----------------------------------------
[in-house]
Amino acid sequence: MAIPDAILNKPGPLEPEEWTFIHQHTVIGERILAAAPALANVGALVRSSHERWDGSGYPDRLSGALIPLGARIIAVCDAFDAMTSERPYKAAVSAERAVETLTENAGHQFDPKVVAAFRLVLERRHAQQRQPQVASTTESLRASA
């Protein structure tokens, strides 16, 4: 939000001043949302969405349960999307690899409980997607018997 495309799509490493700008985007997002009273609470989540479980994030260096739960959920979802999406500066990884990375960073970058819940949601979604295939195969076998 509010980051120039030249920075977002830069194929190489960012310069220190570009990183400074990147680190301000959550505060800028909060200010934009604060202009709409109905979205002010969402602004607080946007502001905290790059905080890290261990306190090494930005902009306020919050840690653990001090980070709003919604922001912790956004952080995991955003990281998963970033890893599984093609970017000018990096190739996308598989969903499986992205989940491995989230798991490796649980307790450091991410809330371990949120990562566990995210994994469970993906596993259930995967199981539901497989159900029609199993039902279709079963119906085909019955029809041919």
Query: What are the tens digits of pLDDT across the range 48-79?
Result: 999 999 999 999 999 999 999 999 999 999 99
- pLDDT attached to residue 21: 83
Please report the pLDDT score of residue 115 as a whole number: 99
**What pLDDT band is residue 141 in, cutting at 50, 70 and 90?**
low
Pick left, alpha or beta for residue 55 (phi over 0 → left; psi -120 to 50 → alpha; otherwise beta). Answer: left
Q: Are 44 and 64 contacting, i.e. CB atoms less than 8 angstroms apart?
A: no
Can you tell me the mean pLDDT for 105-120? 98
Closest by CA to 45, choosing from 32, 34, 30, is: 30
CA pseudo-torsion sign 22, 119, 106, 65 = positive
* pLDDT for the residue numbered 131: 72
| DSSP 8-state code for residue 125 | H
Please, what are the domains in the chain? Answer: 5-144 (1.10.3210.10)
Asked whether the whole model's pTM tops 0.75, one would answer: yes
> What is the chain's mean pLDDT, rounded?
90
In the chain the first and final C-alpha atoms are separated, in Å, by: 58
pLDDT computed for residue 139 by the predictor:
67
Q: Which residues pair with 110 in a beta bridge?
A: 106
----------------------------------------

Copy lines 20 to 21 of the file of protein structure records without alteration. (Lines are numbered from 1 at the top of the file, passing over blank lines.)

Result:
> What is the chain's mean pLDDT, rounded?
90